Jeremy Woo: League sources: the Indiana Pacers have agr…

Jeremy Woo: League sources: the Indiana Pacers have agreed to a two-way contract with Brian Bowen, who spent last season with the Sydney Kings.

More on Brian Bowen Free Agency

Nineteen year-old American Brian Bowen II will become the first player in the NBL’s Next Stars program when he lines up for the Sydney Kings in 2018-19. The Next Stars program contracts NBA draft eligible players and develops them in Australia with a view to fast tracking their readiness for the NBA.
The initiative follows the drafting of Terrance Ferguson by NBA team Oklahoma City Thunder after he elected not to go to college in the US, instead spending the 2016/17 NBL season with the Adelaide 36ers straight out of high school. Bowen had 21.4 points, 6.8 rebounds and 3.2 assists per game as a senior in high school at La Lumiere. He was a McDonald’s All-American in 2017 and ranked number 14 in ESPN’s 2017 Recruiting Class. He chose to pull out of the 2018 NBA Draft but is eligible in 2019.
NBL Chief Executive Jeremy Loeliger said: “Brian is an exciting young talent and exactly the sort of NBA prospect we had in mind when developing the Next Stars initiative.” “We are delighted he is joining the Sydney Kings this season and we look forward to seeing him develop as a professional basketballer. It is a really significant stage of any player’s career and we think that the NBL is the perfect league for Brian to transition from amateur to professional, and demonstrate to all the NBA scouts out there that he has what it takes to compete against grown men playing professional basketball. The Next Stars program will give guys like Brian the chance to refine their game in a world class league in the NBL and, just like Terrance, demonstrate that they’re ready for the NBA."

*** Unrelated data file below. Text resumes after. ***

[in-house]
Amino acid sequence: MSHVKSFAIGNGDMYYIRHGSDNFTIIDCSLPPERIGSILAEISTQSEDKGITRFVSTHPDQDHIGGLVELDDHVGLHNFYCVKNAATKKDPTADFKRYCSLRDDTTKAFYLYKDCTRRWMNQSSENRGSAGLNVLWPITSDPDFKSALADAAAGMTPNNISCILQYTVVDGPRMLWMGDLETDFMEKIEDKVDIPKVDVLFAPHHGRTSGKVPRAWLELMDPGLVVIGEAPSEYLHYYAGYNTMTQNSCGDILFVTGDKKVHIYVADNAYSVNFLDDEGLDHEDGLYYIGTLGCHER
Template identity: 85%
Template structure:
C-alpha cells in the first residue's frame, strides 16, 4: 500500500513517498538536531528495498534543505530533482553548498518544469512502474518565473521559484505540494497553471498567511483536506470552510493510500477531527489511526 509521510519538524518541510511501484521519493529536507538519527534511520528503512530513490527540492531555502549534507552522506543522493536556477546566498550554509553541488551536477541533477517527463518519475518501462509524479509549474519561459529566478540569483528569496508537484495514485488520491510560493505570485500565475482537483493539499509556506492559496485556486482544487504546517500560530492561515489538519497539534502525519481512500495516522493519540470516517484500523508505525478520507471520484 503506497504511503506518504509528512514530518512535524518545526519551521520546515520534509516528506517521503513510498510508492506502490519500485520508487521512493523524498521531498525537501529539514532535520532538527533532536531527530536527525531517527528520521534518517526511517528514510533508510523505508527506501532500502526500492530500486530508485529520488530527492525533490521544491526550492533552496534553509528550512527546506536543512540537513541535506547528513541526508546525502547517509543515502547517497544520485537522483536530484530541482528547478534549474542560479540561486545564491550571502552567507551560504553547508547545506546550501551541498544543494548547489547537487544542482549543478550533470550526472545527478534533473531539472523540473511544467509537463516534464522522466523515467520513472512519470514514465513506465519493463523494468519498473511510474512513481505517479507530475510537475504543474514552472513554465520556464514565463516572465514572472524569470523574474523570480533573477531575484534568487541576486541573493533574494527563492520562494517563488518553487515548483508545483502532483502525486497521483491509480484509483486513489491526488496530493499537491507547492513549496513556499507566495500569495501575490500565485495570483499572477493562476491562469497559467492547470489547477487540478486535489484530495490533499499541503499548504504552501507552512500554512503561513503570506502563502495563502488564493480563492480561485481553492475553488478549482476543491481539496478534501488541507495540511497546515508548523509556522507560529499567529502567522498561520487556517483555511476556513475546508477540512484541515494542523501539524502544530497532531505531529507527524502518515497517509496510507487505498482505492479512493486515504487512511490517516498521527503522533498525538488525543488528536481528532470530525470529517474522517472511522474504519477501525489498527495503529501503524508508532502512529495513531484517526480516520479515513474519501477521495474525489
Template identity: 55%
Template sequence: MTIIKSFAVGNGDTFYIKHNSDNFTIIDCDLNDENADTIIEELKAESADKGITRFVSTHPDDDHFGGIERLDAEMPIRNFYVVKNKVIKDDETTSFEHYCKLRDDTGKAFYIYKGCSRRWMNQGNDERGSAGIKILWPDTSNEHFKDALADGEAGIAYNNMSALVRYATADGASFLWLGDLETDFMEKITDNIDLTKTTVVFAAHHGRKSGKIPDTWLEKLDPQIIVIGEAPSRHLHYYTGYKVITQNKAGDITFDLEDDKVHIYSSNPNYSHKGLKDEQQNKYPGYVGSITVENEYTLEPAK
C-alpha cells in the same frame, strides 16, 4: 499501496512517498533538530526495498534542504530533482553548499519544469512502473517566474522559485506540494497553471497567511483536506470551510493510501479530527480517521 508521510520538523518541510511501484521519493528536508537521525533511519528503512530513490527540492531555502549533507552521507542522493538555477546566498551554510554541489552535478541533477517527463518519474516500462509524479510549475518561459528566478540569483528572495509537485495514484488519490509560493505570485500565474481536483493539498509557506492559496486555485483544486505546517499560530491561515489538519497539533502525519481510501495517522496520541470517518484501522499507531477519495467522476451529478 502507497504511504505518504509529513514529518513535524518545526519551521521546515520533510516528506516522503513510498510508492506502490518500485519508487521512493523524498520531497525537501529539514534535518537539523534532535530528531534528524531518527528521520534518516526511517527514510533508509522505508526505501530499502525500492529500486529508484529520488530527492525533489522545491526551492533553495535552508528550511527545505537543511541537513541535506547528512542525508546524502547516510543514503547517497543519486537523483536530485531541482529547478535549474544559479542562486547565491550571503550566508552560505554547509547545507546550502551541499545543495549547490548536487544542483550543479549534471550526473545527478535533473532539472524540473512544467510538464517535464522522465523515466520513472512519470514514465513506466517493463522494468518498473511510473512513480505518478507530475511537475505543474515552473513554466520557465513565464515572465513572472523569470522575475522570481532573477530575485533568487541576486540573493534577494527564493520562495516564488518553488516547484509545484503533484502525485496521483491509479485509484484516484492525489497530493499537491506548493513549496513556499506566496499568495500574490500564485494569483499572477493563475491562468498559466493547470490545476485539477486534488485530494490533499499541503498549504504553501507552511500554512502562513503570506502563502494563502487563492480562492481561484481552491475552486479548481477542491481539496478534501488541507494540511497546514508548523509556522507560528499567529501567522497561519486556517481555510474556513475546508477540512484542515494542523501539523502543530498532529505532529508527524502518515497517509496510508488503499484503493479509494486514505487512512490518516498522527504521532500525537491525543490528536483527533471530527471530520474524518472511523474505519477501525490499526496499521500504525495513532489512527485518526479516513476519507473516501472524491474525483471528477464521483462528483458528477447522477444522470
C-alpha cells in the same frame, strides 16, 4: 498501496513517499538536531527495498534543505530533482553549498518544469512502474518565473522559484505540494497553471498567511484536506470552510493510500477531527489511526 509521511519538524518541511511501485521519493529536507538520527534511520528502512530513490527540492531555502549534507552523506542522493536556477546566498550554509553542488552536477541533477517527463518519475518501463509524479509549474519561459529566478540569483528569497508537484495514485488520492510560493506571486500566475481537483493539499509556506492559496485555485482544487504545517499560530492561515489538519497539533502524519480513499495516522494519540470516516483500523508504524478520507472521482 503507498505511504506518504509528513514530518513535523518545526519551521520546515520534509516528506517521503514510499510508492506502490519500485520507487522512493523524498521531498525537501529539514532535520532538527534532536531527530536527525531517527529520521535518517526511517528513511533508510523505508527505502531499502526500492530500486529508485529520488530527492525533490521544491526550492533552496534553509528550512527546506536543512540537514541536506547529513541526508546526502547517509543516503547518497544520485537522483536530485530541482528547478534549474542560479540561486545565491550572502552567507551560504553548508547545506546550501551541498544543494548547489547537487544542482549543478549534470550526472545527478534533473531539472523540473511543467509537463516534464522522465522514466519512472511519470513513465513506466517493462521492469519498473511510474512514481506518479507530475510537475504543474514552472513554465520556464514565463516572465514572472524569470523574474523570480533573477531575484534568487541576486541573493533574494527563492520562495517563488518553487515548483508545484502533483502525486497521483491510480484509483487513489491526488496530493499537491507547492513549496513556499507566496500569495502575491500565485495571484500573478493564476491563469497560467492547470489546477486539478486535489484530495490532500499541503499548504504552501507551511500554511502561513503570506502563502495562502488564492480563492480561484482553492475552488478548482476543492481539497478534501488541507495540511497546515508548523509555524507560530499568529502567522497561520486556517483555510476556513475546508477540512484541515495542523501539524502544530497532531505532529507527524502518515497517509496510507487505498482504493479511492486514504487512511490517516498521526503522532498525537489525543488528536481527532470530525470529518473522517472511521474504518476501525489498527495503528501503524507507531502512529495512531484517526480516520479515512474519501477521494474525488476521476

Storyline: Brian Bowen Free Agency
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Vasilije Micic cost too much for NBA teams?

Any team looking to acquire Micic would have to give Oklahoma City some draft compensation—preferably a first-rounder, though it’s possible the price could have been brought down. “I think that was where it was a little too much for teams,” one Western Conference executive said. “No one wanted to give up a pick plus everything else it would take. The guy can play, I think he’d be good in the NBA. But no one wanted to give up picks and money for him.”
“I knew what the move was,” Hyland told The Denver Post last week via Zoom. “They were already contacting me before and letting me know what was happening. After the moves even happened, the coaches called me, players called me, like, ‘Time to just go out there and be Bizzy. It’s a big opportunity for you.’ And they tell me every day, like, ‘You’re going to have a big role, big opportunity, a lot more minutes, just to just go out there and be yourself.’”
If he’s going to become a staple of Denver’s crunch-time rotation, simultaneously earning trust from coach Michael Malone, Hyland knows he needs to become a more consistent two-way player. “I think it’s moreso the defensive part, but I know I can guard,” he said. “I wasn’t the player this year who got picked on. When I put my mind to it, I know I can guard. … That’s just something I gotta do and be willing to do every possession.”
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